I just got back from a weekend camping trip and am hip-deep into the neverending pile of laundry that these sorts of "group" trips involve. Just me and my kids, heck, they can wear the same shirt for three days, but go with a group of families you know and interact with on a regular basis and, hey, better have fresh shorts and socks for *every* day you are out in a tent.
Which brings me to the subject of towels.
Like any platinum level card-carrying geek, the first thing that pops into my head when staring at the pile of unwashed beach towels is, "always remember where your towel is". The second thing that pops into my head is "wait, they had the wrong towels in the movie". Referring of course to the recent 2005 Hitchiker's Guide to the Galaxy (as opposed to the metric oodle of other variations on the IP).
See, growing up near the ocean, we have these amazing beach towels. Beach towels so large and luxurious you could potentially have sex on them, on the beach, and still not get sand in the works (so to speak). So when the term "towel" shows up anywhere, this is the first type of towel that comes to mind.
This is, in fact, the *perfect* kind of towel for travel, big enough to serve as a blanket if you end up sleeping in the back of a lorry, thick enough to dry off three kids, a spouse and the family dog if you get stuck in the rain, tough enough to allow you to sunbathe on a field of broken glass, were you to be so unfortunate to be stuck in such a place. So, to me, naturally, if you need to know where your towel is, this is the towel you are going to be looking for.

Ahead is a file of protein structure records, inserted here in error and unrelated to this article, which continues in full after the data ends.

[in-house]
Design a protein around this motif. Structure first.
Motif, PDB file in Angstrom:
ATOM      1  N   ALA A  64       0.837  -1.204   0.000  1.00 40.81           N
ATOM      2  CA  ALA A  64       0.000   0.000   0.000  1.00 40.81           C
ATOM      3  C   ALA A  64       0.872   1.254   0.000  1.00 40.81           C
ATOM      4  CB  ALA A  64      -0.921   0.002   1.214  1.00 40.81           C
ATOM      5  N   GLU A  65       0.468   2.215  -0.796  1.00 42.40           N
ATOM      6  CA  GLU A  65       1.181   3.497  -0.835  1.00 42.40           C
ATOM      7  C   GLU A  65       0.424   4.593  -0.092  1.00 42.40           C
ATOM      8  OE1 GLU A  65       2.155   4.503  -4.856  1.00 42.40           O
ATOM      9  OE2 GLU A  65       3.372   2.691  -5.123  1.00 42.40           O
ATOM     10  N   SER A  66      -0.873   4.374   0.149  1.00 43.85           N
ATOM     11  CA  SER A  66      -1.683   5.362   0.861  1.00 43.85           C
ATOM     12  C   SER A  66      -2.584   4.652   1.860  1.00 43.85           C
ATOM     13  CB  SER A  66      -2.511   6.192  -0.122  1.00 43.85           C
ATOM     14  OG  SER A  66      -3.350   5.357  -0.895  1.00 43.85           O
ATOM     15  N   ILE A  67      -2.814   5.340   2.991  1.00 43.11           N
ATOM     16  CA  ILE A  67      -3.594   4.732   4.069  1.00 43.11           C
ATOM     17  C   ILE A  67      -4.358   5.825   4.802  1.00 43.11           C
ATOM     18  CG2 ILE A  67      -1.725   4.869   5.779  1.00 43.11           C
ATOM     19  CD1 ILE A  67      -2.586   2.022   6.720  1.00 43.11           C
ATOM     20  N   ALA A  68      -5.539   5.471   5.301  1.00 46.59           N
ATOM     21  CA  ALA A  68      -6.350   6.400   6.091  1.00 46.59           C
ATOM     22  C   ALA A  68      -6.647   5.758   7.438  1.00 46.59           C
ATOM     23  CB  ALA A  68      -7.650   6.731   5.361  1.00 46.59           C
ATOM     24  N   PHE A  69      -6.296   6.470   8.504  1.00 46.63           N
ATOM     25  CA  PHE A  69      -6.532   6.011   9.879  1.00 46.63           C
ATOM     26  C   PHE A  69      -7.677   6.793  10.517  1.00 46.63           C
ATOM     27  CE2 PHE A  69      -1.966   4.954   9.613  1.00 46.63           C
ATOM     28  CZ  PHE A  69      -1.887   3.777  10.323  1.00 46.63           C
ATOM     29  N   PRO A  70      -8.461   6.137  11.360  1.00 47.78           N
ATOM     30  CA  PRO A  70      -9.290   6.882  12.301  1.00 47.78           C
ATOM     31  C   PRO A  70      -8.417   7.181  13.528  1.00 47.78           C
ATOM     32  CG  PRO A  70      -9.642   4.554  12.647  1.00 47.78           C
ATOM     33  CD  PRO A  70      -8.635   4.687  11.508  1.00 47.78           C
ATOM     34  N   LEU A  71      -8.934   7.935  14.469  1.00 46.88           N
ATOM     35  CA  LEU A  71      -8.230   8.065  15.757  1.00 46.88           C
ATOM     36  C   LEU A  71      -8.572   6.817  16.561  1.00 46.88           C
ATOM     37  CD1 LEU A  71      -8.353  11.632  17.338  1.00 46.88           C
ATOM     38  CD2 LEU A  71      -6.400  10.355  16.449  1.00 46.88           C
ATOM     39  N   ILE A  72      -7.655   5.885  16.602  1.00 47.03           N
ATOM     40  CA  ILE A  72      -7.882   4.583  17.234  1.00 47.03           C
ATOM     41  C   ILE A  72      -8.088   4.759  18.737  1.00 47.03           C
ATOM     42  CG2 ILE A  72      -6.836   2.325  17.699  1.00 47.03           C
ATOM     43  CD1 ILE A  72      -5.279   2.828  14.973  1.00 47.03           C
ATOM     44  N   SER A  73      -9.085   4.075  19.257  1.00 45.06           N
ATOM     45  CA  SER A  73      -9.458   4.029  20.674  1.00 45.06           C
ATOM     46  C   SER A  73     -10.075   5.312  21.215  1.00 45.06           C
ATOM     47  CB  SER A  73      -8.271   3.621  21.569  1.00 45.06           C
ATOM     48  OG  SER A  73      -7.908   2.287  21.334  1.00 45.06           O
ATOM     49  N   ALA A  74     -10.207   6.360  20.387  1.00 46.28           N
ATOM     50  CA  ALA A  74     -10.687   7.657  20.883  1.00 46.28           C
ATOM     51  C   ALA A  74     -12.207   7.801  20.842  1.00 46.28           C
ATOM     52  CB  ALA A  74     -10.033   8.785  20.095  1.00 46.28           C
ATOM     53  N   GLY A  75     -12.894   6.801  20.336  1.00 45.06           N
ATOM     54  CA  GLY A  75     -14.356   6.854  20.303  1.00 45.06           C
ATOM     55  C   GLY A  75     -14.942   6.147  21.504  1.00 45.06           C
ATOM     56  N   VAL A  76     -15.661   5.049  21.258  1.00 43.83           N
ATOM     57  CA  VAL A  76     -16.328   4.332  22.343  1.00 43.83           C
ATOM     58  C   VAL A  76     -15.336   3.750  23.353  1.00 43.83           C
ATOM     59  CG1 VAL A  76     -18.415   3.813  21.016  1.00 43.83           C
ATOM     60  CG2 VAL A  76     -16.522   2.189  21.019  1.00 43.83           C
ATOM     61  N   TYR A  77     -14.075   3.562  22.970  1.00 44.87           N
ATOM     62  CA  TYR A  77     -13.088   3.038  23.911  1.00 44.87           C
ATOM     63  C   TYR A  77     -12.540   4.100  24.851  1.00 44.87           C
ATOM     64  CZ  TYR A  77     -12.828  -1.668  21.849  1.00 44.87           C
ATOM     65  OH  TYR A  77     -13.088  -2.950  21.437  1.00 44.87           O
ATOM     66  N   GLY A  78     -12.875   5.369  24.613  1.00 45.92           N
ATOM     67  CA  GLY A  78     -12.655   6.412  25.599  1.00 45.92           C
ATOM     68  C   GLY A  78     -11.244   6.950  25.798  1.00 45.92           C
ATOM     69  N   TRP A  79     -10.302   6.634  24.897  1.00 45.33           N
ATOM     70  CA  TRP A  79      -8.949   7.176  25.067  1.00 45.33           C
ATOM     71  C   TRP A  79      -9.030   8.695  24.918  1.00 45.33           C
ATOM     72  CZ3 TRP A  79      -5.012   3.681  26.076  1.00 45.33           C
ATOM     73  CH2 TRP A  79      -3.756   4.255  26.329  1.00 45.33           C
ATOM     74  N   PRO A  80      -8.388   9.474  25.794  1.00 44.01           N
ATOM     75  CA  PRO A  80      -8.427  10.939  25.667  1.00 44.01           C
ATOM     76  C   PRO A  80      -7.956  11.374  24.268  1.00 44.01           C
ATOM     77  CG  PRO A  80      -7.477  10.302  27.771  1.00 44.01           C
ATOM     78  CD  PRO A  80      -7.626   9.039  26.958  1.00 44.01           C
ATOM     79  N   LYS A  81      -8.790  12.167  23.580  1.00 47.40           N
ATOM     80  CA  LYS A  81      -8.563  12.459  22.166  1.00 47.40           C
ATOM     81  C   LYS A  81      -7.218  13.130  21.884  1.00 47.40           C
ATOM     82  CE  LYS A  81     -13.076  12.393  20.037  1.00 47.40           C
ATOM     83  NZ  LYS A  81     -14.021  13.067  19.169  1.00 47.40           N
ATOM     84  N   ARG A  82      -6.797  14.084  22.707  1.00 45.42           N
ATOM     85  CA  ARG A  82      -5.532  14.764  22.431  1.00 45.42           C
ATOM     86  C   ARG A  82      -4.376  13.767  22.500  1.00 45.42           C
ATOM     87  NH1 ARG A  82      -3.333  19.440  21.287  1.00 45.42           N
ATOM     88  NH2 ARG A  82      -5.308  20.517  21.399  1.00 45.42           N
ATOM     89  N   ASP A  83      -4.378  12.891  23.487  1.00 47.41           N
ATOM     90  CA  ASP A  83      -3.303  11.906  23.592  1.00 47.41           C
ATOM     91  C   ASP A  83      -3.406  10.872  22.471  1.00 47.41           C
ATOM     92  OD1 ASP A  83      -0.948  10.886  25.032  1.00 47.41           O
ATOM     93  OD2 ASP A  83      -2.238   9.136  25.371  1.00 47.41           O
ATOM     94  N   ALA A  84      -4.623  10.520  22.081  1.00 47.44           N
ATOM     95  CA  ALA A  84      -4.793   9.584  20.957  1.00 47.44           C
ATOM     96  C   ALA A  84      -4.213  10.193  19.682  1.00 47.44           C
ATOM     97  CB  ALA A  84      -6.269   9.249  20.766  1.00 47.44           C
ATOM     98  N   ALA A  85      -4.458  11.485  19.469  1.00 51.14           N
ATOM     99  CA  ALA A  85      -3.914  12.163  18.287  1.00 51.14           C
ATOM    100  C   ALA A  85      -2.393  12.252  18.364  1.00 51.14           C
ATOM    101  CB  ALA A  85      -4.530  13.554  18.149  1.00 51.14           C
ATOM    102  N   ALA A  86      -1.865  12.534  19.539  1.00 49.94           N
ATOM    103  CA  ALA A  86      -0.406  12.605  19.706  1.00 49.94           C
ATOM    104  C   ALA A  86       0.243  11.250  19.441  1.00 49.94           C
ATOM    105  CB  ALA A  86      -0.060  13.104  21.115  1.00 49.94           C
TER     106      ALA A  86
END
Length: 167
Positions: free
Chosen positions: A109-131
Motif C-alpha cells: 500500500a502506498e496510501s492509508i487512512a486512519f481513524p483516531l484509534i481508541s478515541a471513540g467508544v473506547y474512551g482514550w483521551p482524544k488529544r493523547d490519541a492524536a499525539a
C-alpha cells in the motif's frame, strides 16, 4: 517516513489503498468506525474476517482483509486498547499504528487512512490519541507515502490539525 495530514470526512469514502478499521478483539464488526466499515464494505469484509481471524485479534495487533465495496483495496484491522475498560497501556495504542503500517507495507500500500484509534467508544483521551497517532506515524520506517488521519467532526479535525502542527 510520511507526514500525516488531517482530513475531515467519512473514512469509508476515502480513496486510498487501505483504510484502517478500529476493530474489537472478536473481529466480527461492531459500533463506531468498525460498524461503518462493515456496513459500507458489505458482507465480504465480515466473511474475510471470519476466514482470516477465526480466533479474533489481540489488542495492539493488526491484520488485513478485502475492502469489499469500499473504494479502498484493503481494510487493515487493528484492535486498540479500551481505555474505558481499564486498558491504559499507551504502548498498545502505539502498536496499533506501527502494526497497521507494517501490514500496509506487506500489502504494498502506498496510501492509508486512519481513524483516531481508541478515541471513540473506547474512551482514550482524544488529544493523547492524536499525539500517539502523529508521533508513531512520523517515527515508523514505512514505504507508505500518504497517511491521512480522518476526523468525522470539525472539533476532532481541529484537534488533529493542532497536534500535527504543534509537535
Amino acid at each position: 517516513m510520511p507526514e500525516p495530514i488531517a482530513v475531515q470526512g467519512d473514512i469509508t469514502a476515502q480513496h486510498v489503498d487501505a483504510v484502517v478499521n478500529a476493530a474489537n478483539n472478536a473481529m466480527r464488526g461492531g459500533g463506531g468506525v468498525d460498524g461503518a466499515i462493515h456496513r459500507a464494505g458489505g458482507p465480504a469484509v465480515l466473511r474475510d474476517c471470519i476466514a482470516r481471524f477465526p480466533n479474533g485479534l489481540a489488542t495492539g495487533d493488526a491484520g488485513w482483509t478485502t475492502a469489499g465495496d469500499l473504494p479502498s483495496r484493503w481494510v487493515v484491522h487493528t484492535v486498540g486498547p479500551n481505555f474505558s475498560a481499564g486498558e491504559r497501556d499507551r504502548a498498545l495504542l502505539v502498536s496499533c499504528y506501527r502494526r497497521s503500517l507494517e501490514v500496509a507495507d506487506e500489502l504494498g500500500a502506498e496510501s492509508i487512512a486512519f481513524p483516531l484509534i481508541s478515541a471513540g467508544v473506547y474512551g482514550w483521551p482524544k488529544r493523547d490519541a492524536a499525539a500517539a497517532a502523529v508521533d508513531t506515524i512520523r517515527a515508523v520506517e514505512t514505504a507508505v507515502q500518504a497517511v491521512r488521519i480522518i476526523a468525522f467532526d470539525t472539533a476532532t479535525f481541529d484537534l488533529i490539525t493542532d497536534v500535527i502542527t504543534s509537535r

But in the movie they had these panzy-a** little hotel towels. The kind you don't feel bad about stealing because they are so chintzy and small that you'd be better of with a box of Kleenex and a wet-nap. Okay, yes, they are portable, easy to stuff in a pocket, carrying a towel of this stripe around with you is most certainly a touch more on the side of the ludicrous than carrying something that might genuinely have purpose.
Which then brings me to preconceptions and misconceptions, and more particularly whether or not these things can ruin a game experience. Advertising and product development have been aware of these kinds of things for a long time. McDonalds, for example, puts mustard on their cheeze burgers in certain parts of the US, and in other places they may or may not use those nasty little diced onions. In games we see "import" versions of games that can include different content than you might have in a US release (should the game in question actually have a US release).
With the market for games seemingly heading for a separation into ponderous, multi-year development AAA titles and smaller, nimbler, fast-release mobile/web titles, I'm starting to wonder if it might be an interesting move to regionalize these smaller games.
Release one version of Castle Crashers in west Texas, but a slightly different version in NYC for example. Similar things are being done. As a current example, the new Dr Who game is only available in the UK, and you're blocked from downloading it if you live elsewhere. (Yes, yes, I KNOW you can get your hands on it by other, slightly more nefarious means, but I'm taking a "high-road" approach here).
The question, I guess, would be in how you target the specific differences. McDonalds knows (through focus group testing and trial and error) that BBQ sauce A fits the tastes of the Deep South better than BBQ sauce B. Is it even possible to target games in such a specific manner, or does the historically more "global" nature of games mean that we've already begun to homogenize the gaming community to the point where these kinds of local differences are simply not worth the effort?
|Chan Chun Phang|